On Friday, gold experienced a significant pullback after reaching a more than one-year high in the previous session due to a rebound in the dollar and comments from a Federal Reserve official on the need for another interest rate hike.
By 14:40 GMT, spot gold had fallen 1.6% to $2,007.92 per ounce, and U.S. gold futures had dropped 1.6% to $2,021.90.
The dollar index bounced back from a one-year low, and Treasury yields rose following a warning from a key Fed official that the central bank must continue to hike rates to combat inflation.
Gold is often viewed as a safe haven in times of economic or political unrest, but gains in the U.S. currency can decrease demand for the commodity among foreign buyers.
In addition, the CME FedWatch tool revealed that traders were pricing in an 82.6% chance of a 25 basis-point hike in May, up from 70% earlier in the week, further hindering zero-yield gold.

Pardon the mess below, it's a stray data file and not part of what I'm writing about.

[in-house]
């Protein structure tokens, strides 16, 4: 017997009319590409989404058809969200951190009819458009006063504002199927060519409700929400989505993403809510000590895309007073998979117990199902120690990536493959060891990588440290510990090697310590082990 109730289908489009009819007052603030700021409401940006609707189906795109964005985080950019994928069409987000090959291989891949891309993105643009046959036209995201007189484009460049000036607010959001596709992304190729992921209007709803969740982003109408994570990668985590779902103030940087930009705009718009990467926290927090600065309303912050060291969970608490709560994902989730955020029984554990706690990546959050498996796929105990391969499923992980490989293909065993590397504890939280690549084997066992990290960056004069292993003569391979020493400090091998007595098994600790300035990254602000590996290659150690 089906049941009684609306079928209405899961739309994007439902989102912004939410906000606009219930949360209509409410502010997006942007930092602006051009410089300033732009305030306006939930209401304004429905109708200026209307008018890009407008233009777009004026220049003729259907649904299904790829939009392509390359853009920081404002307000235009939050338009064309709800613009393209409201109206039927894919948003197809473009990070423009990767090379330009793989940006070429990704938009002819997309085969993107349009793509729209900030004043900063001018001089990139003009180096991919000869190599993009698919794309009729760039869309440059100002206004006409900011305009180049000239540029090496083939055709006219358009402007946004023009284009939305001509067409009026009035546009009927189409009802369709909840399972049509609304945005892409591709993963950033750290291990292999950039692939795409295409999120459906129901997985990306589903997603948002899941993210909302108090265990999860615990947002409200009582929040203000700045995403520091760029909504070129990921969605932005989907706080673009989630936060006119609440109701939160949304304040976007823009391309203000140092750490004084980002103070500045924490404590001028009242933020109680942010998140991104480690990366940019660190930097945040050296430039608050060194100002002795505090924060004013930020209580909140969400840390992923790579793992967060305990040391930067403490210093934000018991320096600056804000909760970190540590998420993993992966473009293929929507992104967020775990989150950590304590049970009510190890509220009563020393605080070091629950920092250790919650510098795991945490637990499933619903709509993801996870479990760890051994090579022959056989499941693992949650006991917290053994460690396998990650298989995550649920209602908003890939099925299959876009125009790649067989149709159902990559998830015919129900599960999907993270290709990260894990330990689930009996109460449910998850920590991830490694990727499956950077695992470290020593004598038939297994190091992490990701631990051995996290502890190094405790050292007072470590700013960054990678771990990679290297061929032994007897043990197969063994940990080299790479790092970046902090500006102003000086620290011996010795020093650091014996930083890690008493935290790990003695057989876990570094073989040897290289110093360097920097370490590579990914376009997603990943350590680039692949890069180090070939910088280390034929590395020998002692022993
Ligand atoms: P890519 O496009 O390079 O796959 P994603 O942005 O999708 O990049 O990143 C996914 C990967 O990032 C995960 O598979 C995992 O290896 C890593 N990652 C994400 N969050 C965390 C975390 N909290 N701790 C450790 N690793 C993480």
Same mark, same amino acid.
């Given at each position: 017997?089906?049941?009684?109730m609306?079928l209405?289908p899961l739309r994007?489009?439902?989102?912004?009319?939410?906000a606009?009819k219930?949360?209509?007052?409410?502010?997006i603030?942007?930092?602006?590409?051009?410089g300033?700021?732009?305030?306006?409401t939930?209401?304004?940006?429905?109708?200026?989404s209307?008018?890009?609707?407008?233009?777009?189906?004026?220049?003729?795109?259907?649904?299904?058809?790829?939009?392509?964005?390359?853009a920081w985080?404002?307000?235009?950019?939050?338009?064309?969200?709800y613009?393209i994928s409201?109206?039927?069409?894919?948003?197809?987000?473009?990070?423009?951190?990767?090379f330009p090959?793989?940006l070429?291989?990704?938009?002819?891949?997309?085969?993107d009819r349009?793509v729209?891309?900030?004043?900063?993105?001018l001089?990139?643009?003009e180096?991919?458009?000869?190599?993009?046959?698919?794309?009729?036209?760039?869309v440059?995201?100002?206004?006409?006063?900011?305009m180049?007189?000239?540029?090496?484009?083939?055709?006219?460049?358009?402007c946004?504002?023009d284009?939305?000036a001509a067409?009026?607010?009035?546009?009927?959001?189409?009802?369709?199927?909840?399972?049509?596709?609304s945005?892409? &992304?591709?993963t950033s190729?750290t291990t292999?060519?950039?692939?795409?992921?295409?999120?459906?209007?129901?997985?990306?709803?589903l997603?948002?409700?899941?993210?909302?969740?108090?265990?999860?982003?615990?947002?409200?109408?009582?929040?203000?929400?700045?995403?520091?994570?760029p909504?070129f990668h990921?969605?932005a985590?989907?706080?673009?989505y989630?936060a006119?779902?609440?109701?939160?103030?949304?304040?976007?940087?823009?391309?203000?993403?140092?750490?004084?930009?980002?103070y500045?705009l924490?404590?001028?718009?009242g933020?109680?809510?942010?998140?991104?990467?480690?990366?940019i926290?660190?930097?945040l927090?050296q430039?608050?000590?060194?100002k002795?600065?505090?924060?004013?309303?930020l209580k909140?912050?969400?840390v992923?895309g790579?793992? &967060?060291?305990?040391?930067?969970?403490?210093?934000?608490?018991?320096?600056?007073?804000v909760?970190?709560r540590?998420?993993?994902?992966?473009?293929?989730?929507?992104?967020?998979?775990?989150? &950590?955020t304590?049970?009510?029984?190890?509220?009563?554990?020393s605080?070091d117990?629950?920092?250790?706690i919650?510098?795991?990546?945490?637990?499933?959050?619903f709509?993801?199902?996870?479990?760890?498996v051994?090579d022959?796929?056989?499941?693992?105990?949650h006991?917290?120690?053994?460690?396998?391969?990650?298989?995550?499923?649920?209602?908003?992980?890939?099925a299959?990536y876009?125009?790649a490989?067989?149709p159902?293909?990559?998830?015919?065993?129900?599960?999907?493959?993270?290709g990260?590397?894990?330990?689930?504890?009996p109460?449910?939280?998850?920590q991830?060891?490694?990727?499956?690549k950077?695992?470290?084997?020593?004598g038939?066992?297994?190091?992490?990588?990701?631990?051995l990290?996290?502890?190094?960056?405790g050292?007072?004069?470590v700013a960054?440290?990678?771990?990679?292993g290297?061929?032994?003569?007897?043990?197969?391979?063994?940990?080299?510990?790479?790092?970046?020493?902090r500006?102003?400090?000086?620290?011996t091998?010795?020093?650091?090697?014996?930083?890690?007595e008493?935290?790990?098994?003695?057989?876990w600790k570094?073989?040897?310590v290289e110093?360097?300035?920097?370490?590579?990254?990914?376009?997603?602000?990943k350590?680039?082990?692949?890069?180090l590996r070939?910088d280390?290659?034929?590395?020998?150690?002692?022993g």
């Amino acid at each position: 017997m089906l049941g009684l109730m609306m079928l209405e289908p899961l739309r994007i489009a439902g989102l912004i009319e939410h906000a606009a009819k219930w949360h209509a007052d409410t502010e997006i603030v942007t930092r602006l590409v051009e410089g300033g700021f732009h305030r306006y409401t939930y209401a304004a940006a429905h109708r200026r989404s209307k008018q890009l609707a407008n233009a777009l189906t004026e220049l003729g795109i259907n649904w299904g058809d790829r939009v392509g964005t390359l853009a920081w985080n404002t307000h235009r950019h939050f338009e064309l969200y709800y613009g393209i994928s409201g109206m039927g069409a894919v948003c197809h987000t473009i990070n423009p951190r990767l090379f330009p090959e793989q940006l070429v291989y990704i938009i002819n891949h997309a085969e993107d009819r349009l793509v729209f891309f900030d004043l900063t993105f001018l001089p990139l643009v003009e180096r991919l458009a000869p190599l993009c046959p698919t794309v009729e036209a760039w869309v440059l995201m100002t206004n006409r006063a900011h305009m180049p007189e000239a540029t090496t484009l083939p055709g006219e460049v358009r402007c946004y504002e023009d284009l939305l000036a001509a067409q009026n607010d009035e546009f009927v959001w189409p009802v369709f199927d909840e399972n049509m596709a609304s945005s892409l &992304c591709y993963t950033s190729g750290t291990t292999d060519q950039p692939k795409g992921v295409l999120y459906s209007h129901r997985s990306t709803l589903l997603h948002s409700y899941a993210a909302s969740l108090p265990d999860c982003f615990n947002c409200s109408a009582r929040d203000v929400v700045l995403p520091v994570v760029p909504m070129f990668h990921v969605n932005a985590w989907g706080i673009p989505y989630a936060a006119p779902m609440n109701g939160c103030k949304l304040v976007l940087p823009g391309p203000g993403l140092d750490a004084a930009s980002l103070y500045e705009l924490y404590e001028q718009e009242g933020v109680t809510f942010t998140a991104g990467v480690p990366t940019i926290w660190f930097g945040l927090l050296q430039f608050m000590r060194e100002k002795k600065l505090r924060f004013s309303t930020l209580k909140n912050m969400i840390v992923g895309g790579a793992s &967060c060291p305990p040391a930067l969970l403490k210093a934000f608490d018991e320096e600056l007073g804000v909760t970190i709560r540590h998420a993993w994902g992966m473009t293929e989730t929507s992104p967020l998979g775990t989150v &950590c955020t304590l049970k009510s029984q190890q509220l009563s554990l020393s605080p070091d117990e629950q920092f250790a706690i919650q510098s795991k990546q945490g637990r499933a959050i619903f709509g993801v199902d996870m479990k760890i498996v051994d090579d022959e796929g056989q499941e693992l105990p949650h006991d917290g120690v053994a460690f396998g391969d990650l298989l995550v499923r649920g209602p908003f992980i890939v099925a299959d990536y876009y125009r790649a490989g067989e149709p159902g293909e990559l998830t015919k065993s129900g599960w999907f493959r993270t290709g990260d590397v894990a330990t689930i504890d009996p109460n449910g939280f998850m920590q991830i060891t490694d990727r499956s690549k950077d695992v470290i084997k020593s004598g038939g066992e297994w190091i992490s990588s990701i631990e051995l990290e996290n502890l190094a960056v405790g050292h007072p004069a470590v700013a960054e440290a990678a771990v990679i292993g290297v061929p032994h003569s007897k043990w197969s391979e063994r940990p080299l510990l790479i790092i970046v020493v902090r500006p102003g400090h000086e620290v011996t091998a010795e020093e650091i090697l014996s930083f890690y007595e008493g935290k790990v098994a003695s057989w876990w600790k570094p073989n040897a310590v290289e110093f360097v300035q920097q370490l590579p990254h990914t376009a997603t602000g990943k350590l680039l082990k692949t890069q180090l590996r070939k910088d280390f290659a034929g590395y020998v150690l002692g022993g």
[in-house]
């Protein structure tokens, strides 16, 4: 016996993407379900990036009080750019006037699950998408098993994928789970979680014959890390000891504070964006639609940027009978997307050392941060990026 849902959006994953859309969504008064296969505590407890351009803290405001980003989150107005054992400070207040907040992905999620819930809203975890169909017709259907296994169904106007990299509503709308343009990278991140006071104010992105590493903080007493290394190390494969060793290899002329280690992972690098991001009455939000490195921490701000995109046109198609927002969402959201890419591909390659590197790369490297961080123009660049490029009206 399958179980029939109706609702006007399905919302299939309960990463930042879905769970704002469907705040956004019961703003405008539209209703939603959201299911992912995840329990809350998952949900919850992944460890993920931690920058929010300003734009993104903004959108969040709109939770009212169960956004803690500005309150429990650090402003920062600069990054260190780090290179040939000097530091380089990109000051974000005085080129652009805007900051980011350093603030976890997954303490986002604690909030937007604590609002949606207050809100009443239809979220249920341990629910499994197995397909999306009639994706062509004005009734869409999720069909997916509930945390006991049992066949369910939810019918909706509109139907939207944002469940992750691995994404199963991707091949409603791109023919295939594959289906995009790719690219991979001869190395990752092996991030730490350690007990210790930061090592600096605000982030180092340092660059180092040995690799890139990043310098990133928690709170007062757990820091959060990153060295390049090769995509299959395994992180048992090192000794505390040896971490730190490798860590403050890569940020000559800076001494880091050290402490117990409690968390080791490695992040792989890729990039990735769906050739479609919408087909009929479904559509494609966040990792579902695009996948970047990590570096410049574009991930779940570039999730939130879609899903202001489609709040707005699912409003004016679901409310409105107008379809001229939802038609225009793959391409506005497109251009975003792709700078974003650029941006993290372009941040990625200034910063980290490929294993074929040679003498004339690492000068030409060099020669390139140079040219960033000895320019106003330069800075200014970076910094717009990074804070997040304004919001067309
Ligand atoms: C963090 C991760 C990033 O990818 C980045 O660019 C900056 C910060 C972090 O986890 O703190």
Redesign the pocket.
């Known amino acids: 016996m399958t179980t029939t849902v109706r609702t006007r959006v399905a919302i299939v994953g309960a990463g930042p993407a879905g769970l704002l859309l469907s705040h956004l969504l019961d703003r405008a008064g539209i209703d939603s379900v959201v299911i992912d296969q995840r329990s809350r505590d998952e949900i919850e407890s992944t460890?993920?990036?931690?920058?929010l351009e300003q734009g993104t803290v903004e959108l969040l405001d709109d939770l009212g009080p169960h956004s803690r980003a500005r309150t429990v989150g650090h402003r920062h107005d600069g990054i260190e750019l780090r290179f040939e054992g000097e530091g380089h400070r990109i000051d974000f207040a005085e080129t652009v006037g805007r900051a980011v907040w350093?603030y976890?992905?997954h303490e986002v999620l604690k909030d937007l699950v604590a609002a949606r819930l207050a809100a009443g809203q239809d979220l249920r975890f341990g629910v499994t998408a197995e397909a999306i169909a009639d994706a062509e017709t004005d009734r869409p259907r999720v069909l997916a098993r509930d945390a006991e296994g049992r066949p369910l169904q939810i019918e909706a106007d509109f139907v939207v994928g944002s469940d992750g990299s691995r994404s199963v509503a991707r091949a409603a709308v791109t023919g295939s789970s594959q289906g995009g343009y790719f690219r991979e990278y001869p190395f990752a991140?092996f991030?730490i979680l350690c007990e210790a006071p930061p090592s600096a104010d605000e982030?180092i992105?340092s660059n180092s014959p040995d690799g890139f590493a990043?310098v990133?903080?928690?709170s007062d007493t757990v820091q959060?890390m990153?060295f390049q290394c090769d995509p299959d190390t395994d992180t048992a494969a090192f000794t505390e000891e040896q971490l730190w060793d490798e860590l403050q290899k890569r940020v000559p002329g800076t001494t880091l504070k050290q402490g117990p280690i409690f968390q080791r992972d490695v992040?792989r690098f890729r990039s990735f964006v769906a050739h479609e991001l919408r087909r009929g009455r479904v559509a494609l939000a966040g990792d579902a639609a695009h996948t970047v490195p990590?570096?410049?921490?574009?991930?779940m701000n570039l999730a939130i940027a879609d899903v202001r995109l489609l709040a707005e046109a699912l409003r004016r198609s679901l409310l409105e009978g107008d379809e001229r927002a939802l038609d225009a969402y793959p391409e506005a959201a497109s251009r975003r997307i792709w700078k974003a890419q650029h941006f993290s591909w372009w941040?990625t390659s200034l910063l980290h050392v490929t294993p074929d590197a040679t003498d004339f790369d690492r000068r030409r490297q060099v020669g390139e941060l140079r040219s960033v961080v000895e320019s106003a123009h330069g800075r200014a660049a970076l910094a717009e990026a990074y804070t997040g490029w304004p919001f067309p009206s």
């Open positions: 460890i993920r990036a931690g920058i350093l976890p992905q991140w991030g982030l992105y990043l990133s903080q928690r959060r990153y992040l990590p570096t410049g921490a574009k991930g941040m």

According to Daniel Pavilonis, senior market strategist at RJO Futures, the metals market will likely weaken as we approach the “blackout period” ahead of the Fed decision in May, with a 25 basis-point hike expected. Profit-taking is expected to occur, but prices will likely stabilize around $2,000.
Despite this setback, analysts predict a positive outlook for bullion, following its exceptional run in the last couple of sessions amid increasing concerns of a recession that could eventually lead to the Fed ending its rate-hike cycle.
Phillip Streible, chief market strategist at Blue Line Futures in Chicago, stated that he expects gold prices to hit record highs and extend gains to $2,100.
Silver also experienced a 1.3% decline to $25.46 per ounce, after reaching a year-high of $26.07 earlier in the session, but is set to achieve its fifth consecutive weekly gain.
Platinum fell 0.5% to $1,041.61, while palladium was down 0.9% at $1,485.44, but both are on track for weekly gains.